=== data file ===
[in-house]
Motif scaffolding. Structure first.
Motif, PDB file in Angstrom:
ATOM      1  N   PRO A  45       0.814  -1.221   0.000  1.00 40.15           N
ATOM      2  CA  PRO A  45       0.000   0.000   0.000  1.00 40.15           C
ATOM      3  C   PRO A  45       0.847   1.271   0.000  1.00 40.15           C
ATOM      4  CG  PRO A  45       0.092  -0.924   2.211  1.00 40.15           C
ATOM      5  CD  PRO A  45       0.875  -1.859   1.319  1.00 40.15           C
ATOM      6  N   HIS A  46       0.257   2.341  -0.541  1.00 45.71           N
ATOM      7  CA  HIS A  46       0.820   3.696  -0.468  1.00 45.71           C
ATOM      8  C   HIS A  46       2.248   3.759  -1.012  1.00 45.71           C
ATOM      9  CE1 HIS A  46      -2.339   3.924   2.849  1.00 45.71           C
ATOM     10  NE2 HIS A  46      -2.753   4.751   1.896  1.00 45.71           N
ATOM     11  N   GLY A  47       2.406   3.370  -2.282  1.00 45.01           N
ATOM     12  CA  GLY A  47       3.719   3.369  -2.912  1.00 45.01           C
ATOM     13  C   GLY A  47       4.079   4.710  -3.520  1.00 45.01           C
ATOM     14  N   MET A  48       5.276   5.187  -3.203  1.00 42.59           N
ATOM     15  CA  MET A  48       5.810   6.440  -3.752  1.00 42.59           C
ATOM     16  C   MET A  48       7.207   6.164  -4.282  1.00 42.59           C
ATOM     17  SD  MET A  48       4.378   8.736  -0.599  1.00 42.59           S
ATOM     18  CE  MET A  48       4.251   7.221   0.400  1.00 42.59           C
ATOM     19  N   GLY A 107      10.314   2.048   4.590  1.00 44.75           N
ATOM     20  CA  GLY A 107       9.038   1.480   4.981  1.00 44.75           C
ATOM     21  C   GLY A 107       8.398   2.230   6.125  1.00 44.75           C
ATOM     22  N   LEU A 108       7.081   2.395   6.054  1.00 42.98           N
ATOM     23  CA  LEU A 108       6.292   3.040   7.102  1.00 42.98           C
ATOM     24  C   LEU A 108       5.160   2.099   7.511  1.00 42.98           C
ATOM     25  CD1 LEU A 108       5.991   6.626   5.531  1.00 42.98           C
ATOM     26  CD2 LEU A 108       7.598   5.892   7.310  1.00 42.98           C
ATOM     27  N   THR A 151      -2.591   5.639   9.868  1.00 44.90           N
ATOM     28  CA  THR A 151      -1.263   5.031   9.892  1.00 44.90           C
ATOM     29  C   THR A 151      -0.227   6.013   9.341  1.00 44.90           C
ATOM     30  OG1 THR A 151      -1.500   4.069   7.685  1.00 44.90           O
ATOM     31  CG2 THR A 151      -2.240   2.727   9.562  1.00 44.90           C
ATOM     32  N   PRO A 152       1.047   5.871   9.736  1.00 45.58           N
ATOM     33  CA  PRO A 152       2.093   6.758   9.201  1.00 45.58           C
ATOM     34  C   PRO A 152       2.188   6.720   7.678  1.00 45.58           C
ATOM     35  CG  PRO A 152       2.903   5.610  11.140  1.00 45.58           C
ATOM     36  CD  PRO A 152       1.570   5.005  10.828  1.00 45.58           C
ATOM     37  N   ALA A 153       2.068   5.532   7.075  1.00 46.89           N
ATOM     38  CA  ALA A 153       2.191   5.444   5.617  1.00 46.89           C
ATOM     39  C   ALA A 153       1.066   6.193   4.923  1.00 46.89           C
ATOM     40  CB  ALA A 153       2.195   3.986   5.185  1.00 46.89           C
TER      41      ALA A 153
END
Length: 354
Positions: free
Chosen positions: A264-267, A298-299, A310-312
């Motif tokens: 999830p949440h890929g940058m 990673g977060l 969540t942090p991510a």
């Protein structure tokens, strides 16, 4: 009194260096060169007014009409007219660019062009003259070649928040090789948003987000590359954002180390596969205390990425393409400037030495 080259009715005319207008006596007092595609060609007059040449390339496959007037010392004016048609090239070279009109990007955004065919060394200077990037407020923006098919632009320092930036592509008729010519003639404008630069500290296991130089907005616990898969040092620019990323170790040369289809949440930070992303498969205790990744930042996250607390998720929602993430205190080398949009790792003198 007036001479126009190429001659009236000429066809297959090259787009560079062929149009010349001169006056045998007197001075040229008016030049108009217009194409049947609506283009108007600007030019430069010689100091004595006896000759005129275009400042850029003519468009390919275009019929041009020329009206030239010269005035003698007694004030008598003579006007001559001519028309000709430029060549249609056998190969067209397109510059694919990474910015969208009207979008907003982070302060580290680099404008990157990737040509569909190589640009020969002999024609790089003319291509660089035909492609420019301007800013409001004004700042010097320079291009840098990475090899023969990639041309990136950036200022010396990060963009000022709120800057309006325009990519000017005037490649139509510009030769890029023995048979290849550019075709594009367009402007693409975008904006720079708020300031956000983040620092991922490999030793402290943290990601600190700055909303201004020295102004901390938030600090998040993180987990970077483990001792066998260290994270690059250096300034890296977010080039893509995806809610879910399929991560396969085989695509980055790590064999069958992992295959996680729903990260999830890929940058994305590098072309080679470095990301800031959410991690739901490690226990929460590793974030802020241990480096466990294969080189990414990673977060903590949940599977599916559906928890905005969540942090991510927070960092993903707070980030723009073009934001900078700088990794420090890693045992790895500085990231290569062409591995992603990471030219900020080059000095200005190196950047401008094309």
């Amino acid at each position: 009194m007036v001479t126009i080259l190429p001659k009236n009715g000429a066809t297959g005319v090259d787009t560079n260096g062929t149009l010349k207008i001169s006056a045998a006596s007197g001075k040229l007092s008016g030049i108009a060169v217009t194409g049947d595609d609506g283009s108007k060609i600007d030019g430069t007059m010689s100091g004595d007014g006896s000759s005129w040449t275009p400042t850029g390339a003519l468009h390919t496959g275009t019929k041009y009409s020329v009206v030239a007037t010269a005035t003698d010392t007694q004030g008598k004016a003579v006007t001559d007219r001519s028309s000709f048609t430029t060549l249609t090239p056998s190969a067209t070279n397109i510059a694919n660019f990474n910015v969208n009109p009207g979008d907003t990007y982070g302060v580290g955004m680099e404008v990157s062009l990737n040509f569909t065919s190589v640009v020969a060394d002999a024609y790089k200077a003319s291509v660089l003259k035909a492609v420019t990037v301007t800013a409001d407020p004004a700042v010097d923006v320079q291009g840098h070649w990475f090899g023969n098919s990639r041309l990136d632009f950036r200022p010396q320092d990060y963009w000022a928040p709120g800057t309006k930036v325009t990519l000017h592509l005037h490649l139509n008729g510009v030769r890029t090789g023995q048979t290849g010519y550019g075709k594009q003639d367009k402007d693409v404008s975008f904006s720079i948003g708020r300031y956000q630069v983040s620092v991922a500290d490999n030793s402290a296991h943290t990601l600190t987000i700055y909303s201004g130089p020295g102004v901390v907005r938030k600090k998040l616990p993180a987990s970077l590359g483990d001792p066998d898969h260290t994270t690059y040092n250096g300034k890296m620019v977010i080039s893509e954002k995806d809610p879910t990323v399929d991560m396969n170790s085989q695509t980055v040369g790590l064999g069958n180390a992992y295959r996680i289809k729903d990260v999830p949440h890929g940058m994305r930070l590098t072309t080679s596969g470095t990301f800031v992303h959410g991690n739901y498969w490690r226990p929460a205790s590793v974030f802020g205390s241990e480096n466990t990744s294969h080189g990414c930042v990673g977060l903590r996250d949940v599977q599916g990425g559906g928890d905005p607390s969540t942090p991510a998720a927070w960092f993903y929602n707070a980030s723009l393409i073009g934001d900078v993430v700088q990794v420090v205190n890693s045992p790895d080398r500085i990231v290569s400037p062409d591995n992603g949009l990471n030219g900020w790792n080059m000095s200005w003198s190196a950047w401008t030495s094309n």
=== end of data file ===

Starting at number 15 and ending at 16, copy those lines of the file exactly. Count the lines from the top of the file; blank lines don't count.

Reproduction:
ATOM     12  CA  GLY A  47       3.719   3.369  -2.912  1.00 45.01           C
ATOM     13  C   GLY A  47       4.079   4.710  -3.520  1.00 45.01           C